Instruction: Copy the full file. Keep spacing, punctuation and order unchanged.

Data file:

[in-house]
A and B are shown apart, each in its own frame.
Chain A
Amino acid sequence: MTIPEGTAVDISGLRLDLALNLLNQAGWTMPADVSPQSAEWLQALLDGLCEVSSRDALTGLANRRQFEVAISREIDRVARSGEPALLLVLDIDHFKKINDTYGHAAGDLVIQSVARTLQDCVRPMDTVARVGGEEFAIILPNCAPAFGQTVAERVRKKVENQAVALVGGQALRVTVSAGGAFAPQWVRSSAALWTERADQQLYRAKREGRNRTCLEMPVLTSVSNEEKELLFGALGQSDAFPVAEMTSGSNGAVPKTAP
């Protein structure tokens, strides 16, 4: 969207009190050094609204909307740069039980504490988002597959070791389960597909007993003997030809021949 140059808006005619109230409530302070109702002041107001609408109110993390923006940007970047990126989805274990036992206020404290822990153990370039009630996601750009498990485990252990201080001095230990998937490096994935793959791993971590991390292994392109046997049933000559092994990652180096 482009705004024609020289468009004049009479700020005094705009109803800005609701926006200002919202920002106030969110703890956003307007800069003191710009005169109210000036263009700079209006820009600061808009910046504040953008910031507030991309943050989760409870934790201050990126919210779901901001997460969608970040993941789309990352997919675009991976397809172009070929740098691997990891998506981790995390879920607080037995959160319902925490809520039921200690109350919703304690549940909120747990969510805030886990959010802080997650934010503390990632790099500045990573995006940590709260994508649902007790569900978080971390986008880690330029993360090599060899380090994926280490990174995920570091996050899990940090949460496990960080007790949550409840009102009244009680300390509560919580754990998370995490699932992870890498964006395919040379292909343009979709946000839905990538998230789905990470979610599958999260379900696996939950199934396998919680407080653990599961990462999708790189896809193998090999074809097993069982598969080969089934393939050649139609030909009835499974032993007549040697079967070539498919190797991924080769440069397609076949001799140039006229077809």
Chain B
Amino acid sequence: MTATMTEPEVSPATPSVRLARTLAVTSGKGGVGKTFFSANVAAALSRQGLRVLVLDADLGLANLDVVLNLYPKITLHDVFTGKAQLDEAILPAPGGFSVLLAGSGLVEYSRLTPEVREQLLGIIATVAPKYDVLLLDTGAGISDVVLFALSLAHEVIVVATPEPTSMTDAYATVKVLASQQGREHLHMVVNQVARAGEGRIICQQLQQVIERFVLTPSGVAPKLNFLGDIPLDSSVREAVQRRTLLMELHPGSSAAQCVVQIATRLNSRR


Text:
[in-house]
A and B are shown apart, each in its own frame.
Chain A
Amino acid sequence: MTIPEGTAVDISGLRLDLALNLLNQAGWTMPADVSPQSAEWLQALLDGLCEVSSRDALTGLANRRQFEVAISREIDRVARSGEPALLLVLDIDHFKKINDTYGHAAGDLVIQSVARTLQDCVRPMDTVARVGGEEFAIILPNCAPAFGQTVAERVRKKVENQAVALVGGQALRVTVSAGGAFAPQWVRSSAALWTERADQQLYRAKREGRNRTCLEMPVLTSVSNEEKELLFGALGQSDAFPVAEMTSGSNGAVPKTAP
């Protein structure tokens, strides 16, 4: 969207009190050094609204909307740069039980504490988002597959070791389960597909007993003997030809021949 140059808006005619109230409530302070109702002041107001609408109110993390923006940007970047990126989805274990036992206020404290822990153990370039009630996601750009498990485990252990201080001095230990998937490096994935793959791993971590991390292994392109046997049933000559092994990652180096 482009705004024609020289468009004049009479700020005094705009109803800005609701926006200002919202920002106030969110703890956003307007800069003191710009005169109210000036263009700079209006820009600061808009910046504040953008910031507030991309943050989760409870934790201050990126919210779901901001997460969608970040993941789309990352997919675009991976397809172009070929740098691997990891998506981790995390879920607080037995959160319902925490809520039921200690109350919703304690549940909120747990969510805030886990959010802080997650934010503390990632790099500045990573995006940590709260994508649902007790569900978080971390986008880690330029993360090599060899380090994926280490990174995920570091996050899990940090949460496990960080007790949550409840009102009244009680300390509560919580754990998370995490699932992870890498964006395919040379292909343009979709946000839905990538998230789905990470979610599958999260379900696996939950199934396998919680407080653990599961990462999708790189896809193998090999074809097993069982598969080969089934393939050649139609030909009835499974032993007549040697079967070539498919190797991924080769440069397609076949001799140039006229077809």
Chain B
Amino acid sequence: MTATMTEPEVSPATPSVRLARTLAVTSGKGGVGKTFFSANVAAALSRQGLRVLVLDADLGLANLDVVLNLYPKITLHDVFTGKAQLDEAILPAPGGFSVLLAGSGLVEYSRLTPEVREQLLGIIATVAPKYDVLLLDTGAGISDVVLFALSLAHEVIVVATPEPTSMTDAYATVKVLASQQGREHLHMVVNQVARAGEGRIICQQLQQVIERFVLTPSGVAPKLNFLGDIPLDSSVREAVQRRTLLMELHPGSSAAQCVVQIATRLNSRR